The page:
Monday, May 10, 2010

Learning By Doing

Last week, I had the opportunity to be a guest at Cabrini Connections' Video and Filmmakers Club. If you are unfamiliar with Cabrini Connections, as I was, it is a non-profit organization dedicated to providing a volunteer tutoring/mentoring program for teens in the Cabrini Green neighborhood.

When I arrived, the president and CEO of Cabrini Connections, Dan Bassill was being interviewed on camera by some of the young filmmakers for a video for a Year-End Dinner. Afterwords, Dan gave me a run down on Cabrini Connections and the citywide Tutor/Mentor Connection, and then Shuling, a mentor, introduced me to the filmmakers.

I have to admit, I was a little nervous. I don't have much experience working with youths, but they made me feel right at home. The task for the day was to shoot the first of two short films from a mini-assignment. The film should have no more than 2 characters, consist of 6-12 shots and have an unexpected ending. The writer and director of the short was Reggie. The short was called Lost, and it was about a teen (played by Marquise) who meets a mysterious woman from his past (played by Brittany). The camera operator was Melissa. Audio was done by Kierre and Yahshua, and the narrator was played by Anna.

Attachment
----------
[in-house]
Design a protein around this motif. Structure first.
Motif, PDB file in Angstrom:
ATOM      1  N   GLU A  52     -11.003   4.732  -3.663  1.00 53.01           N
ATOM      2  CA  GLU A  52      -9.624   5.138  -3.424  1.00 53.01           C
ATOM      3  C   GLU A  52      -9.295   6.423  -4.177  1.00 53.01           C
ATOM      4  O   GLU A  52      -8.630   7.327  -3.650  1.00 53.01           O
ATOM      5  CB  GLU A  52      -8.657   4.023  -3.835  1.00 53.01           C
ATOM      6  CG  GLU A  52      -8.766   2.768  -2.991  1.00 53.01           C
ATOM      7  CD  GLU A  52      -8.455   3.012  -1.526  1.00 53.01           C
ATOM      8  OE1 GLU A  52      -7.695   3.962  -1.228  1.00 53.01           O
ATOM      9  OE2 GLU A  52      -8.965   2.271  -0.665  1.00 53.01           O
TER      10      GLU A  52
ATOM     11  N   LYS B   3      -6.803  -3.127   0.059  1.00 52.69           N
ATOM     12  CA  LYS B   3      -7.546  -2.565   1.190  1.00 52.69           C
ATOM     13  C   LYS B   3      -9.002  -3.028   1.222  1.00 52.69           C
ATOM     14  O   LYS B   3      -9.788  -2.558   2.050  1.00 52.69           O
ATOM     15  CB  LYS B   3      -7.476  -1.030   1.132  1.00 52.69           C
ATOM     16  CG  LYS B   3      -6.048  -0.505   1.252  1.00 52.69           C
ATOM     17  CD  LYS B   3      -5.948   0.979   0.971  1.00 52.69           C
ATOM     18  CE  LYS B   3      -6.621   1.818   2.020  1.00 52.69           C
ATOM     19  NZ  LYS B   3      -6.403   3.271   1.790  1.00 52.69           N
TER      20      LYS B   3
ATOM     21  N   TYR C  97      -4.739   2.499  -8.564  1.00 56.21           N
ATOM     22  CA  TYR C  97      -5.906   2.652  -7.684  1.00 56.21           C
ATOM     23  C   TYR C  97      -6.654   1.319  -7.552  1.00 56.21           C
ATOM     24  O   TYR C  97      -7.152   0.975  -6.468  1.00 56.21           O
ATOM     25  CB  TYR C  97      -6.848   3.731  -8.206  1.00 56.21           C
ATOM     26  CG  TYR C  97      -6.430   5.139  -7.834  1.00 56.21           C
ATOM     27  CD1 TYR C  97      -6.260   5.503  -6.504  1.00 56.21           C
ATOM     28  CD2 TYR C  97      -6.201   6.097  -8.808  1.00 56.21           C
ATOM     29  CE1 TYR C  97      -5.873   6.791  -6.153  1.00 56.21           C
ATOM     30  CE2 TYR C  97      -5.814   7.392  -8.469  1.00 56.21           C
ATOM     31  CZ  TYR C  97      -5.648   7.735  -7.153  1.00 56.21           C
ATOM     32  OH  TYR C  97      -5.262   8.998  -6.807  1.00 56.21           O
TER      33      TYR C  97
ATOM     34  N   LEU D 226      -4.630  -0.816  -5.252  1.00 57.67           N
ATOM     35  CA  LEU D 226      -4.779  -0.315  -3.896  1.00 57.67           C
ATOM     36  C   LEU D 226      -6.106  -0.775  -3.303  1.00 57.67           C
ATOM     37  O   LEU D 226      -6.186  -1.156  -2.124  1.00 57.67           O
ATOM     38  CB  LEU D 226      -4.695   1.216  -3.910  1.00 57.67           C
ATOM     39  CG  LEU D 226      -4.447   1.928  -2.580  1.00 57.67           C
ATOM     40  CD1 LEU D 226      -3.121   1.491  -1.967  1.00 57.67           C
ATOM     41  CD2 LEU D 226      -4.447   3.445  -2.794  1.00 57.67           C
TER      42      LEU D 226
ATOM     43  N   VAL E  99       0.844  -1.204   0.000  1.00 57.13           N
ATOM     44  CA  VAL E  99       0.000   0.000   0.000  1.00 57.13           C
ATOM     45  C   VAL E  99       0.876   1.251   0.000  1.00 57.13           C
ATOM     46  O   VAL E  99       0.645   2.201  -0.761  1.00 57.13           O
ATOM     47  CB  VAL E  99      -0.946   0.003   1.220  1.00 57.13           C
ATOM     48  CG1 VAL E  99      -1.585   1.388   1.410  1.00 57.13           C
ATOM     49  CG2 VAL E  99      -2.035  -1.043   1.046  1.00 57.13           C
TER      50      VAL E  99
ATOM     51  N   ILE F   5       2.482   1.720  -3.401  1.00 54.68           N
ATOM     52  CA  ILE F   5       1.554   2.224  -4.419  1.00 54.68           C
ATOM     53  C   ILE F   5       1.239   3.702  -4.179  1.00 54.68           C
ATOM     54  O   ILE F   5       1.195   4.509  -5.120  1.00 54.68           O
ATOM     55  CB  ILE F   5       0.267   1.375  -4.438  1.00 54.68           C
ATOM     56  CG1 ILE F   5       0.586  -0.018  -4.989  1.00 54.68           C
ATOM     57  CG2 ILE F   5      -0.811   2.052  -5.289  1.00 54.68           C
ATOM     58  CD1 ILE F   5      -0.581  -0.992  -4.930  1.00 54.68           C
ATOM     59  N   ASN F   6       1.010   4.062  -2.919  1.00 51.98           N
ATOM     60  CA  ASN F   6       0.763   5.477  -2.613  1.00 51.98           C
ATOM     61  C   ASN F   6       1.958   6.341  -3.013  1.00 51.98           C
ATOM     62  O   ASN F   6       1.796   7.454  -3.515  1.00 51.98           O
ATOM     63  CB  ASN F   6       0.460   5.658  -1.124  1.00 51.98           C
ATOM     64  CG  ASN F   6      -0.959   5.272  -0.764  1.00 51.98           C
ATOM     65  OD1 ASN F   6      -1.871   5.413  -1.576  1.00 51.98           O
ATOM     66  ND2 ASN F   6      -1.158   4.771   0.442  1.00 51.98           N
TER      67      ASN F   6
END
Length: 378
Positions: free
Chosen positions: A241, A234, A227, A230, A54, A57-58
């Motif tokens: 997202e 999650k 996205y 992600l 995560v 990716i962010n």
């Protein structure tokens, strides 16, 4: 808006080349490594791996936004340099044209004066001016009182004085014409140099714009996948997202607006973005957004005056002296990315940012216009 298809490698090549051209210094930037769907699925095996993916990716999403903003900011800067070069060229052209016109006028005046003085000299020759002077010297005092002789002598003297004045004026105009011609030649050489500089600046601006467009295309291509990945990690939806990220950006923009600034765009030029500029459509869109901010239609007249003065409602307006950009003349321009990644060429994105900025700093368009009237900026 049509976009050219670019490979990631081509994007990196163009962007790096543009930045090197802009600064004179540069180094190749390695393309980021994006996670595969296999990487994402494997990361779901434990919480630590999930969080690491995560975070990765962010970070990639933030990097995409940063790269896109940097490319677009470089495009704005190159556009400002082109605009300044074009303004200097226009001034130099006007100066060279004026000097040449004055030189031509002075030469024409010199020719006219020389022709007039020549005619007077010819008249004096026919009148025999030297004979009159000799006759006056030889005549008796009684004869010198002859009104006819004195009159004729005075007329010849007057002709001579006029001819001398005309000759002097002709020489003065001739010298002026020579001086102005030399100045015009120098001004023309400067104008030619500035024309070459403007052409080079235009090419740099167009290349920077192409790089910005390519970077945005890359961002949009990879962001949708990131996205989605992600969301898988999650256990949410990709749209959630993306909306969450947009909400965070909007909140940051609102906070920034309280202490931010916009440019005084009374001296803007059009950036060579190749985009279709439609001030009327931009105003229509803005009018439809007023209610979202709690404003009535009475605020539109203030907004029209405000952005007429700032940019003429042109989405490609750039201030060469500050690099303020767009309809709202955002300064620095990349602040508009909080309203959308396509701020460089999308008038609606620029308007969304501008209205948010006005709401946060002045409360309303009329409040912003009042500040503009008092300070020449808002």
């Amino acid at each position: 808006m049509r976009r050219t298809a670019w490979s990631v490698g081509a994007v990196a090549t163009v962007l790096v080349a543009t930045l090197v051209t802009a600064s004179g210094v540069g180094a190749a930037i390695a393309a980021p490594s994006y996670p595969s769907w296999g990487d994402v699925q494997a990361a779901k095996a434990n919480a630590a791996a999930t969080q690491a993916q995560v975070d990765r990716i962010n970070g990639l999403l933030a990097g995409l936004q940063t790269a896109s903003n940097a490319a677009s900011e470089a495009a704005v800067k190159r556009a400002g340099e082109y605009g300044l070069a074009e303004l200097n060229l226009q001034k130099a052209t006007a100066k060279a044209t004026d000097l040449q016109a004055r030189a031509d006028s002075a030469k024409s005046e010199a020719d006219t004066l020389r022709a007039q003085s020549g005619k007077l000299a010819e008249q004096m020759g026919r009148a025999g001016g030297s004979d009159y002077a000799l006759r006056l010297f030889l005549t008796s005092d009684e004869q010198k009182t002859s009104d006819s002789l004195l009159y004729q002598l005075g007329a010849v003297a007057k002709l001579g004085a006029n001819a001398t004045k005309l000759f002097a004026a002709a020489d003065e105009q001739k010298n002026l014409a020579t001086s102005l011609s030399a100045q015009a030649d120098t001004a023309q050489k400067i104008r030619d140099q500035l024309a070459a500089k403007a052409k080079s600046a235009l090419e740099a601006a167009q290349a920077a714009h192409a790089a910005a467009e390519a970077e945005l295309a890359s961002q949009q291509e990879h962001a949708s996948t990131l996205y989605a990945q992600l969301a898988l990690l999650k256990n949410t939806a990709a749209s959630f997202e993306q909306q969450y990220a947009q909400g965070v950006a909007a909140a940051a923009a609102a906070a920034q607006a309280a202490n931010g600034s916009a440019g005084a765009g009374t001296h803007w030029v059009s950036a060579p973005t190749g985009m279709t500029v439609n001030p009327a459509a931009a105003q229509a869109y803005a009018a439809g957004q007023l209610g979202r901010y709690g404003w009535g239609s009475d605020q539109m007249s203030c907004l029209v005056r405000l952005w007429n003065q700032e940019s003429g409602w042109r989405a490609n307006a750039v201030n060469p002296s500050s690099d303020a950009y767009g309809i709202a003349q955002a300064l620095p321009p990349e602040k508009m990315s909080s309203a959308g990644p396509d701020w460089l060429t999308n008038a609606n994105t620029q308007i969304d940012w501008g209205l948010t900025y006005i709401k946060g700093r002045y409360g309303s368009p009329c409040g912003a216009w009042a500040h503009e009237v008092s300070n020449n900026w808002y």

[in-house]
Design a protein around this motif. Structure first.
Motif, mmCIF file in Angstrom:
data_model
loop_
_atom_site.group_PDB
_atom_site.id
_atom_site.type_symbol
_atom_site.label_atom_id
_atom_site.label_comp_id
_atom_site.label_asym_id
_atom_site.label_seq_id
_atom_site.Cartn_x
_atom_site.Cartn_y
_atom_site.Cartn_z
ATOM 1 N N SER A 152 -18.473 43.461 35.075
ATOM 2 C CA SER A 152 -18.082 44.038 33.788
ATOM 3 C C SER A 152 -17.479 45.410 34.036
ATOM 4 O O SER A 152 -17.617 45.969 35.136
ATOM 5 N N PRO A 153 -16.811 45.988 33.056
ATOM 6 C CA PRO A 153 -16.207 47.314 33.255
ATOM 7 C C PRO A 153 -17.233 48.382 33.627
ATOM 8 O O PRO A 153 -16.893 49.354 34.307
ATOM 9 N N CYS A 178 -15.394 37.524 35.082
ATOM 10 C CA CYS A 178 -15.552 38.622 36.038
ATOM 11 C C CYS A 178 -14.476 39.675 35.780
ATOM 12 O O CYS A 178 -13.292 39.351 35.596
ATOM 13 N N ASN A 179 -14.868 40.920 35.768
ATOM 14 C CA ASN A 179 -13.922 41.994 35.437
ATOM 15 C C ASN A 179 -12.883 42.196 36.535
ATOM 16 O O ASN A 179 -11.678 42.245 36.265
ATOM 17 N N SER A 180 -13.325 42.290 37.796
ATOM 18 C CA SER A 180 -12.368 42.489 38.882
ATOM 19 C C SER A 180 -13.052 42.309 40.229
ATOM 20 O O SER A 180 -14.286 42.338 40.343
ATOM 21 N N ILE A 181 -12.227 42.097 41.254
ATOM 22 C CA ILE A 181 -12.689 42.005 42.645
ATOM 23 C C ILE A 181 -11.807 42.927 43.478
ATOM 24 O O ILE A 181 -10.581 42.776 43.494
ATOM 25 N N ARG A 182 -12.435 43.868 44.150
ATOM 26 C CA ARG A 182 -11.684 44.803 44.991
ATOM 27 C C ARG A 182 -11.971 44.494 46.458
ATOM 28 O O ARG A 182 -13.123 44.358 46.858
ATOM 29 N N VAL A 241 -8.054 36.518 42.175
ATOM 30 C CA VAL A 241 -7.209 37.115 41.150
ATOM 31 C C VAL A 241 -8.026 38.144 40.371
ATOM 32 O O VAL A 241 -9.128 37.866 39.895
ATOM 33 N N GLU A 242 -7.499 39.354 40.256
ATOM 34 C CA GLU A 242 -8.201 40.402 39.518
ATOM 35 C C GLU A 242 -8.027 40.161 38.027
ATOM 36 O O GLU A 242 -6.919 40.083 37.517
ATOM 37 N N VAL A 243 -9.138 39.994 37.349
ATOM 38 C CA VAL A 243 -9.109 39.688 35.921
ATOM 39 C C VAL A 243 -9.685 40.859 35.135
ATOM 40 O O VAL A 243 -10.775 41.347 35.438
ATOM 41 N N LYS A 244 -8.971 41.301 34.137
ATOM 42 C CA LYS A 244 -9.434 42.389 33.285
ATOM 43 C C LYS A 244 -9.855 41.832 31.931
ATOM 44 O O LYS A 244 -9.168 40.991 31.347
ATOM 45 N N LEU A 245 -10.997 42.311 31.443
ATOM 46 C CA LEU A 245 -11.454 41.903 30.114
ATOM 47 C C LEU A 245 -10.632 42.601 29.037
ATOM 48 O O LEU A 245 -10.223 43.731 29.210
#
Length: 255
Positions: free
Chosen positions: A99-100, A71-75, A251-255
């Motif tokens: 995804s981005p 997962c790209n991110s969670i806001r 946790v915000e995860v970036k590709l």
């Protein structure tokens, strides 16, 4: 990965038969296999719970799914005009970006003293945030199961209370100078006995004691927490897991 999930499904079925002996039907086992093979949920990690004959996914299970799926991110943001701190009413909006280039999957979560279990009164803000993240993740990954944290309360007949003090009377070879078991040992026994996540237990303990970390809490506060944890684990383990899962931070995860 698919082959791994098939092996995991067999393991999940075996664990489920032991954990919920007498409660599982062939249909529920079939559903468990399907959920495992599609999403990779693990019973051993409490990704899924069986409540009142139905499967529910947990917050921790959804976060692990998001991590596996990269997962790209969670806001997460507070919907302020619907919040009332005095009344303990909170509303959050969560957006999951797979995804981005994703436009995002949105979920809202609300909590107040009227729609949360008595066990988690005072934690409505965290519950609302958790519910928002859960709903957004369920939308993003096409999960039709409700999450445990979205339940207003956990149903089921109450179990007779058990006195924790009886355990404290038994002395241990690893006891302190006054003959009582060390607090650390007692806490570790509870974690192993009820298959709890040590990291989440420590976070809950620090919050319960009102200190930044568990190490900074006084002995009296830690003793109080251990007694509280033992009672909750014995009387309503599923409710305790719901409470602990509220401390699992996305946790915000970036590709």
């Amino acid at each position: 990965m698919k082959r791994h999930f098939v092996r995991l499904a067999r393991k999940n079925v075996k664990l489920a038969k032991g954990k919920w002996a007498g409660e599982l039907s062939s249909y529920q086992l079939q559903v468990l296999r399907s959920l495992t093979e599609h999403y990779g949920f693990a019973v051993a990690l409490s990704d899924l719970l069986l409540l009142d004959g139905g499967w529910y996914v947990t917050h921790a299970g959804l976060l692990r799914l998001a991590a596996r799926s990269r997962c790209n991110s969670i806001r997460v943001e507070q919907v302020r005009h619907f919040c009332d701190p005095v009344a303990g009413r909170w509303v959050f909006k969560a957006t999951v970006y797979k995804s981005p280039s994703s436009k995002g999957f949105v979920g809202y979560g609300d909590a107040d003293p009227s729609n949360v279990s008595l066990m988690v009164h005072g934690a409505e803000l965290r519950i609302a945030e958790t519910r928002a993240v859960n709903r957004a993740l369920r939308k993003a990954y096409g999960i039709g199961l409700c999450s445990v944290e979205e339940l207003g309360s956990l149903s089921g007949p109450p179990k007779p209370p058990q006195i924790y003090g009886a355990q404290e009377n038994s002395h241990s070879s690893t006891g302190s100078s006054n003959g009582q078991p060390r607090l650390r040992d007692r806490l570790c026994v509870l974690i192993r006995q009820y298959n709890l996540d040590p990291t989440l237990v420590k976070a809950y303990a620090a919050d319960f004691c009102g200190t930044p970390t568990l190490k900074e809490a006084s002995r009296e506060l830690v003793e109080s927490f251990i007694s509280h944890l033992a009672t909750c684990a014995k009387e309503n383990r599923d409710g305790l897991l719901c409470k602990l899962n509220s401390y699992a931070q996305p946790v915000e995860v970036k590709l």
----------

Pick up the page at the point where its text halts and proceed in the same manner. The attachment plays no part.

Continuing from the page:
One of the best ways to learn filmmaking is by actually creating a story, picking up a camera and doing it, and that is what these young filmmakers were doing. Learning by doing is key because it allows you to learn from your mistakes. What they were lacking in experience, they made up for with energy. In the future, the young filmmakers will benefit from being able to go and watch how other sets operate. I know I learn something every time I am on a set.

While the shoot was going on, another filmmaker, Sean was storyboarding his short that will be shot at the next meeting of the Video and Filmmaker's Club. I'm looking forward to seeing what comes of it. I also had the opportunity to make a cameo as an extra in the short. I don't get in front of the camera too often, so that was a treat.

On set, it is a challenge for an experienced director to get ideas out of his or her head and executed by the cast and crew, so you can imagine how difficult it can be for a first time director like Reggie. Saying that, Reggie was able to get all of his shots completed and most importantly the cast and crew were having fun. Filmmaking should be fun!